300 m span achieve a value of about 10 %. Taking into account an general accuracy of earthing measurement method such evaluated error can be provided with acceptance.

Fig. 7. An influence of impulse front time on impulse resistance of tower earthings without shunting of neighbouring tower and with parallel connection of different length of spans

a)
9 8
8,00 7,00

b)

resistance [ohms]

6 5 4 3 2 1 0 0 30 60 90 120 150 180 210 240 270 300

resistance [ohms]

6,00 5,00

4,00 3,00 2,00

1,00 0,00 0 30 60 90 120 150 180 210 240 270 300

span length [m]

span length [m]

Fig. 8. Influence of span length on test error due to neighbouring tower shunting at impulse front time of 1 s (a) and 4 s (b)

80 70 60 50 error [%] 40 30 20 10 0 0 30 60 90 120 150 span length [m] 180 210 240 270 300

4 s 1 s

Fig. 9. Influence of span length on test error due to neighbouring tower shunting at impulse front time of 1 and 4 s

3.3. Real test results In Fig. 3 one can notice, that during resistance tests of tower earthings at opened testing terminals, quite different measurement objects are taken into consideration than that under normal service conditions. Lightning currents are carried away to the earth both through artificial earthing and through tower foundations. Further investigations of tower earthing methods were performed on a transmission line as real tests and as computer symulations. During the tests, lightning protection conductors could be isolated from a tested tower at its top. Impulse resistance results of computer simulations and such real tests have been shown as histogram in Fig. 10, where: 1. Zc denotes the resistance with both artificial earthing and lightning protection conductors are connected to the tower, so shunting influence of neighbouring tower earthings is observed, 2. Zi artificial earthing connected with the tower, but the lightning conductor isolated from the tower on its top, so there is no shunting 3. Za artificial earthing conductor disconnected from the tower (testing terminals are open) - artificial earthing is measured only, 4. Zf - the lightning conductor isolated from the tower on its top and testing terminals are open, so a foundation resistance is measured only The difference between Zi and Zc can illustrate the real influence of neighbouring tower earthings on measurement results. In the presented example such percentage differences are equal to 6 % for real tests and 11 % for computer simulations, what coincides with calculations and simulations mentioned above.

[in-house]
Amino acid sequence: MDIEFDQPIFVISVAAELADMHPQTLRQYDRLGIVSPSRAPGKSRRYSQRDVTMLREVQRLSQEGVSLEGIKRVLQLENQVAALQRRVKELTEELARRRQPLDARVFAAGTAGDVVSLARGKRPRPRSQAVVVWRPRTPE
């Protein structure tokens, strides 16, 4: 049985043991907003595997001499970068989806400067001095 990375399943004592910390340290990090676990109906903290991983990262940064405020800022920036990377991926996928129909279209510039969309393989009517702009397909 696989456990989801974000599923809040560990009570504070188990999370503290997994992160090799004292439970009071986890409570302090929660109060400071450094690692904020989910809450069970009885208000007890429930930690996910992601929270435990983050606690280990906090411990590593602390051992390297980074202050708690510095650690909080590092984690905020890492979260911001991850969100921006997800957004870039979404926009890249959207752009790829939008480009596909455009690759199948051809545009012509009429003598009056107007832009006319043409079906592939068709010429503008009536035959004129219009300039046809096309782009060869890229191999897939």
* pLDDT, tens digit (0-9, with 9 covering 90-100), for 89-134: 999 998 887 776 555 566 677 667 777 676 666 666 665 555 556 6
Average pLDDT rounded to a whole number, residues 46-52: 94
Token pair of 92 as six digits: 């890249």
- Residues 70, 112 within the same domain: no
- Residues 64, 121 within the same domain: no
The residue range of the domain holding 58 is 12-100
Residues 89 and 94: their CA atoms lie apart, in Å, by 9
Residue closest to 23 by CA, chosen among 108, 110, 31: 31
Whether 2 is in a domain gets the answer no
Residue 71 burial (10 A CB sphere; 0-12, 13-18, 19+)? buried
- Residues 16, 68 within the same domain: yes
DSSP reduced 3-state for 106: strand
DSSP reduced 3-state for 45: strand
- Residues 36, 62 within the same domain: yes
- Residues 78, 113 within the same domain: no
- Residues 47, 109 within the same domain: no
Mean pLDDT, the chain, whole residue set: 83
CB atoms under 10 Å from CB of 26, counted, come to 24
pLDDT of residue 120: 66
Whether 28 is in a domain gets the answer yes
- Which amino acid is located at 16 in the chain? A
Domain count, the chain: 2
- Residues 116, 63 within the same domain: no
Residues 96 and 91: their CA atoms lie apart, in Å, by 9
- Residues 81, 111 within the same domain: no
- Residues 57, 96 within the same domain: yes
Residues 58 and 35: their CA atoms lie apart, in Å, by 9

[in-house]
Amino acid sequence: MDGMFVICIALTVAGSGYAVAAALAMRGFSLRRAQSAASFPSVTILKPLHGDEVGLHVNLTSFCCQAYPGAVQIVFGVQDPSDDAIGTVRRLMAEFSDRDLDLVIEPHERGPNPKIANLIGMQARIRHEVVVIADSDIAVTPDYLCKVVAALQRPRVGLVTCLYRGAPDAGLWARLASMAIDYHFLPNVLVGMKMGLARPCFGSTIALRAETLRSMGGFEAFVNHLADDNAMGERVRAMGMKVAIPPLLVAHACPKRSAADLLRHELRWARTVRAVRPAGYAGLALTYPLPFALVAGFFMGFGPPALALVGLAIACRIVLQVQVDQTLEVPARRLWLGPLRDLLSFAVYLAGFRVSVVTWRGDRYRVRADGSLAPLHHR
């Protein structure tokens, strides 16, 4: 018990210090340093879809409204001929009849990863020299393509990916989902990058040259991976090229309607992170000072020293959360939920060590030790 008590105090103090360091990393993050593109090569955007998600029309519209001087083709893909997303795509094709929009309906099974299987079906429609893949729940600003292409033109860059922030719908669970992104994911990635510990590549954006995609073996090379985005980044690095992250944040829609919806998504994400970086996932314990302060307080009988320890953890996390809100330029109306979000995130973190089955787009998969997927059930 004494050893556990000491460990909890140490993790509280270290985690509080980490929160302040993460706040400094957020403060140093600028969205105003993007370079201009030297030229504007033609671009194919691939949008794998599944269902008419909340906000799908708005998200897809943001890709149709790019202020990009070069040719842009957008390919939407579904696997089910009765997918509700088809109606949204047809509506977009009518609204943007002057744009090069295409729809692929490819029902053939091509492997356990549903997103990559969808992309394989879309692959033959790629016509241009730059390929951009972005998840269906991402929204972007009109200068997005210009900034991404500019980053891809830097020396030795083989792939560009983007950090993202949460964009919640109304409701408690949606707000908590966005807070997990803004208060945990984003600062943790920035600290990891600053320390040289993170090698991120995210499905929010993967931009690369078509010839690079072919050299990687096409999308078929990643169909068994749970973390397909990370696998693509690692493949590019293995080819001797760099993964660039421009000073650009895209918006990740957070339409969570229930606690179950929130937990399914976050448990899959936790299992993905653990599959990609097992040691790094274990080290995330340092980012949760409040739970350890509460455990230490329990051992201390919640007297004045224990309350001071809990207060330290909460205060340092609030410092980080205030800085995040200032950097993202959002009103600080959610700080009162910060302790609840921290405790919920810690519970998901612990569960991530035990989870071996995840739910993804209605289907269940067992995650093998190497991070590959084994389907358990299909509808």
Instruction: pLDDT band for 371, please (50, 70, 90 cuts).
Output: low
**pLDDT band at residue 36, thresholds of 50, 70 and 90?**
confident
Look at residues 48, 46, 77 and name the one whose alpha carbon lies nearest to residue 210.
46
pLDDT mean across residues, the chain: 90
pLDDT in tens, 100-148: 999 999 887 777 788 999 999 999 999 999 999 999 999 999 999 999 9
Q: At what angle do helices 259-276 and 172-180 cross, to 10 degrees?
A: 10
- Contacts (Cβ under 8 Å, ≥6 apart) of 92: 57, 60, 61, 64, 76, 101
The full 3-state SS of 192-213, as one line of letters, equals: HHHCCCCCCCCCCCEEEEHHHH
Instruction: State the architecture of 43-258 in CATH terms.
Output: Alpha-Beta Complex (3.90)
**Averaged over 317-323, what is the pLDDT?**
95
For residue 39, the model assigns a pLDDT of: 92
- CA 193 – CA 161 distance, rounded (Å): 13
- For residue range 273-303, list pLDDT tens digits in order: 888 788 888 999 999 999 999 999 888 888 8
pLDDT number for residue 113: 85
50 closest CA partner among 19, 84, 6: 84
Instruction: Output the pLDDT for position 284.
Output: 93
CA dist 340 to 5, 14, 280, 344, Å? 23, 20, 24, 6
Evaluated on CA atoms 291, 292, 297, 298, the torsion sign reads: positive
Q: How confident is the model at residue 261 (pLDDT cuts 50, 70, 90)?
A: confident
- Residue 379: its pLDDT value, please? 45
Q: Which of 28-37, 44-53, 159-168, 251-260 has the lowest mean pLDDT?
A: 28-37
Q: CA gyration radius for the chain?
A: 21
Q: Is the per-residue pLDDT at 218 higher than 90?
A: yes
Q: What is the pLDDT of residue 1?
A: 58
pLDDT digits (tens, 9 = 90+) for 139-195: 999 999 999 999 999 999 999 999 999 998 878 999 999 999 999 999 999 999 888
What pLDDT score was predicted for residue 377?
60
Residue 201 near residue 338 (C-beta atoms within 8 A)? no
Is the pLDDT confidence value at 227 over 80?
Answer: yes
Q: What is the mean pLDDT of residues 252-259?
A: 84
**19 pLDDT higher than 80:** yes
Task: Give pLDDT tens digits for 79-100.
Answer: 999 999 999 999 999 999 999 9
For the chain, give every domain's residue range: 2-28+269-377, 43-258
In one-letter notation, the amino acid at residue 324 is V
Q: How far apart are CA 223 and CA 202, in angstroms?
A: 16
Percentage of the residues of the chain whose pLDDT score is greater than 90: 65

Real test Simulation result Resistance [ohm] 25 20 20 20 15 10,1 10 5 0 Zc Zi Za Zf 7,44 10,7 8,35 13,9 14,25

Fig. 10. Real test and computer simulation results of tower earthing resistance performed at 4 s impulses, where Zc states the resultant resistance as parallel connection of artificial earthing and foundation with shunting influence of neighbouring towers, Zi parallel connection of artificial earthing and foundation without shunting influence of neighbouring towers, Za artificial earthing resistance, Zf - foundation resistance

It is common practice in tower earthing measurements of overhead transmission lines equipped with lightning protection conductors, that the results obtained using a low frequency method with disconnected testing terminals of earthing are taken as reliable. Such a way seems to be not only expensive and time consuming, because the testing terminals have to be unbolted and the line switched off. However, the measurement procedure does not take the tower foundations into consideration. The results in Fig. 10 point that the impulse resistance of a tower foundation can be comparable with that of the artificial earthing. Isolating of lightning conductors at the top of towers during static tests is the only way to take into account the participation of tower foundations in carrying away of lightning current to earth. The impulse measurement method of tower earthing resistance allows us to eliminate the inconveniences and to take into consideration a parallel connections of tower foundations and artificial earthings.

4. LIGHTNING EARTHING MEASUREMENTS OF BUILDING


The usefulness of the impulse method for lightning conductor evaluation was tested on an example of a 1-staircase building of 8 storeys. Lightning protection system of the building has 6 vertical conductors connected to a rectangular